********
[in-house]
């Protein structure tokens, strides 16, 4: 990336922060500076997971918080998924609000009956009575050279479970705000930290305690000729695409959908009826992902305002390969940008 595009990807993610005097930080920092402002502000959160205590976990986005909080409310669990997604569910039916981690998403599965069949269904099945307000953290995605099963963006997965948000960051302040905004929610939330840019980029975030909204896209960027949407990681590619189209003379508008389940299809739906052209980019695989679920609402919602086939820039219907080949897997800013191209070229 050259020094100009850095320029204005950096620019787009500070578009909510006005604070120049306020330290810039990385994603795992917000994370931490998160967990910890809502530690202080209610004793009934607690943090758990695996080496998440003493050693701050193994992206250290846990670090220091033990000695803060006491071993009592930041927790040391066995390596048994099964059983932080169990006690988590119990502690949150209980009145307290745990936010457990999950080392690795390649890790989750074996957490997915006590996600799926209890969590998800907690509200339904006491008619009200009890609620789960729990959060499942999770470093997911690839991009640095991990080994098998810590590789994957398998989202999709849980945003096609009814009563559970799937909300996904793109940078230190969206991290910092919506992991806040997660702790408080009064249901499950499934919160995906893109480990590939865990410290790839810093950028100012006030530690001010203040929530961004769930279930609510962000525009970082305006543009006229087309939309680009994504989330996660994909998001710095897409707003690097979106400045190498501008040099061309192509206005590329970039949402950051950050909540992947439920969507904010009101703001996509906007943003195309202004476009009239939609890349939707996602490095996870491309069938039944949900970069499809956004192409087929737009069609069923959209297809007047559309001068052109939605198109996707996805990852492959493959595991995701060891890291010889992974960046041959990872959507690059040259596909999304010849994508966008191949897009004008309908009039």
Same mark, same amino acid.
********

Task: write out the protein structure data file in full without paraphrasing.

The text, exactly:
[in-house]
């Protein structure tokens, strides 16, 4: 990336922060500076997971918080998924609000009956009575050279479970705000930290305690000729695409959908009826992902305002390969940008 595009990807993610005097930080920092402002502000959160205590976990986005909080409310669990997604569910039916981690998403599965069949269904099945307000953290995605099963963006997965948000960051302040905004929610939330840019980029975030909204896209960027949407990681590619189209003379508008389940299809739906052209980019695989679920609402919602086939820039219907080949897997800013191209070229 050259020094100009850095320029204005950096620019787009500070578009909510006005604070120049306020330290810039990385994603795992917000994370931490998160967990910890809502530690202080209610004793009934607690943090758990695996080496998440003493050693701050193994992206250290846990670090220091033990000695803060006491071993009592930041927790040391066995390596048994099964059983932080169990006690988590119990502690949150209980009145307290745990936010457990999950080392690795390649890790989750074996957490997915006590996600799926209890969590998800907690509200339904006491008619009200009890609620789960729990959060499942999770470093997911690839991009640095991990080994098998810590590789994957398998989202999709849980945003096609009814009563559970799937909300996904793109940078230190969206991290910092919506992991806040997660702790408080009064249901499950499934919160995906893109480990590939865990410290790839810093950028100012006030530690001010203040929530961004769930279930609510962000525009970082305006543009006229087309939309680009994504989330996660994909998001710095897409707003690097979106400045190498501008040099061309192509206005590329970039949402950051950050909540992947439920969507904010009101703001996509906007943003195309202004476009009239939609890349939707996602490095996870491309069938039944949900970069499809956004192409087929737009069609069923959209297809007047559309001068052109939605198109996707996805990852492959493959595991995701060891890291010889992974960046041959990872959507690059040259596909999304010849994508966008191949897009004008309908009039």
Same mark, same amino acid.